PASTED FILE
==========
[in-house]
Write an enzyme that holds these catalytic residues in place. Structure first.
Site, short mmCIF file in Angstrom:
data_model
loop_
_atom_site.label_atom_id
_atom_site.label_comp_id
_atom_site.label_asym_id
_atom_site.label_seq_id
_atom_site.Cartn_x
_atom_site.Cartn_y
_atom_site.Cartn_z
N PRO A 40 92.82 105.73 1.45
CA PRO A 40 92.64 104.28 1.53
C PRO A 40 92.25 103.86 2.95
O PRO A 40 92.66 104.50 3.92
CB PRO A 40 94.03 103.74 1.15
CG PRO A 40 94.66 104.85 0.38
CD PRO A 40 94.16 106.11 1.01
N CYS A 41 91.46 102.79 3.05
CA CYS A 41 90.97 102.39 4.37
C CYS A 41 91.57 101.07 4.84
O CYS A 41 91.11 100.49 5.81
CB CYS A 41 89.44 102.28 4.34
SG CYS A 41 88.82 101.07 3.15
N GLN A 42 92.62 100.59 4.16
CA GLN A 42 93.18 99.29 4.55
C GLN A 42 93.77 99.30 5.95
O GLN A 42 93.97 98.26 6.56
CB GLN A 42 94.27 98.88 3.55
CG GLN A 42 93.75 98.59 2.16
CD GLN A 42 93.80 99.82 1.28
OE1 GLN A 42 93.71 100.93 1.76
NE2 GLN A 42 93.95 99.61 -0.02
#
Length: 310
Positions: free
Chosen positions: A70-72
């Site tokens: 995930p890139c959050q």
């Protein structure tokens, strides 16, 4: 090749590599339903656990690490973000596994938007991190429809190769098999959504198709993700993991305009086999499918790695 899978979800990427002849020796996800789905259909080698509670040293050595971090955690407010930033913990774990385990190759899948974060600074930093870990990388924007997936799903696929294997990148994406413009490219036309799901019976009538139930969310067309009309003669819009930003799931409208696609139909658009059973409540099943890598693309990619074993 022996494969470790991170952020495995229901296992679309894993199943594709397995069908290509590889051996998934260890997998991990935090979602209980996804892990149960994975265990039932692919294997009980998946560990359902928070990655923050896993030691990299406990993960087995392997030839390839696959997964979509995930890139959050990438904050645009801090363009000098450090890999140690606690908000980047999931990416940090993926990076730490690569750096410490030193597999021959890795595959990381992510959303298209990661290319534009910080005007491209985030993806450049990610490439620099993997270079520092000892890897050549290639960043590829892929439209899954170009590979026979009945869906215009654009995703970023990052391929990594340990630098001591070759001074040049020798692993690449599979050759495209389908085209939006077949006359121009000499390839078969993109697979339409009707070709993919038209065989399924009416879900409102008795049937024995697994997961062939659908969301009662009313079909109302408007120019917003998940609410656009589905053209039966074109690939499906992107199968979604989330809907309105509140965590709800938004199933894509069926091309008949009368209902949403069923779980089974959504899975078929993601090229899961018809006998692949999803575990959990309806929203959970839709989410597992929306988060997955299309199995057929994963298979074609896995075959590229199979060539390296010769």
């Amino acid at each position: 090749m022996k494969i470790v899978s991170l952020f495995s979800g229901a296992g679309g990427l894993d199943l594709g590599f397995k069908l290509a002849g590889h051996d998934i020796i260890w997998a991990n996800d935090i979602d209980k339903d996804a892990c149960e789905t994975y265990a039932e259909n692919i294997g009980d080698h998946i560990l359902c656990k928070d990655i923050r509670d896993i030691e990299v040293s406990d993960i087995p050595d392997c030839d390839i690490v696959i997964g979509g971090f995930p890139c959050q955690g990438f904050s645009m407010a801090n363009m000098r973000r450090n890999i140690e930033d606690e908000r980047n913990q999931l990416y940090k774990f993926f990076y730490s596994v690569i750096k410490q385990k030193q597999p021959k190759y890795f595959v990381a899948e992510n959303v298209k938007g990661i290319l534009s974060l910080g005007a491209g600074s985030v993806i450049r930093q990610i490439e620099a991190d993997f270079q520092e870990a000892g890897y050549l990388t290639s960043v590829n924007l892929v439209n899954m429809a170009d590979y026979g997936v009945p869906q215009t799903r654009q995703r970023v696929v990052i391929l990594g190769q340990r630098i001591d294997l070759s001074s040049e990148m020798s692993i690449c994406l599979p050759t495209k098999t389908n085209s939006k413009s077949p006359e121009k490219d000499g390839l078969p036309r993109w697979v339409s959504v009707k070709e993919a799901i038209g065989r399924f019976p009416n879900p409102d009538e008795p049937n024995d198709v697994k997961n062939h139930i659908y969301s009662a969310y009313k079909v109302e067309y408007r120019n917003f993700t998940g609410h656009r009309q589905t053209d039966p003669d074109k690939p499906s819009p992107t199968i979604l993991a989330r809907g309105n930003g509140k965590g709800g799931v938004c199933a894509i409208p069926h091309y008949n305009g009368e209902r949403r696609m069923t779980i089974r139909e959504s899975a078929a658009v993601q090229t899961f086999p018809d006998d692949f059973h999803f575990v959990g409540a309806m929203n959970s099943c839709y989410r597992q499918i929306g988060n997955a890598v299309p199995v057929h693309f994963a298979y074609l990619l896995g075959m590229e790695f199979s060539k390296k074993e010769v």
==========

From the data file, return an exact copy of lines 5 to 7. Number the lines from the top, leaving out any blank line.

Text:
loop_
_atom_site.label_atom_id
_atom_site.label_comp_id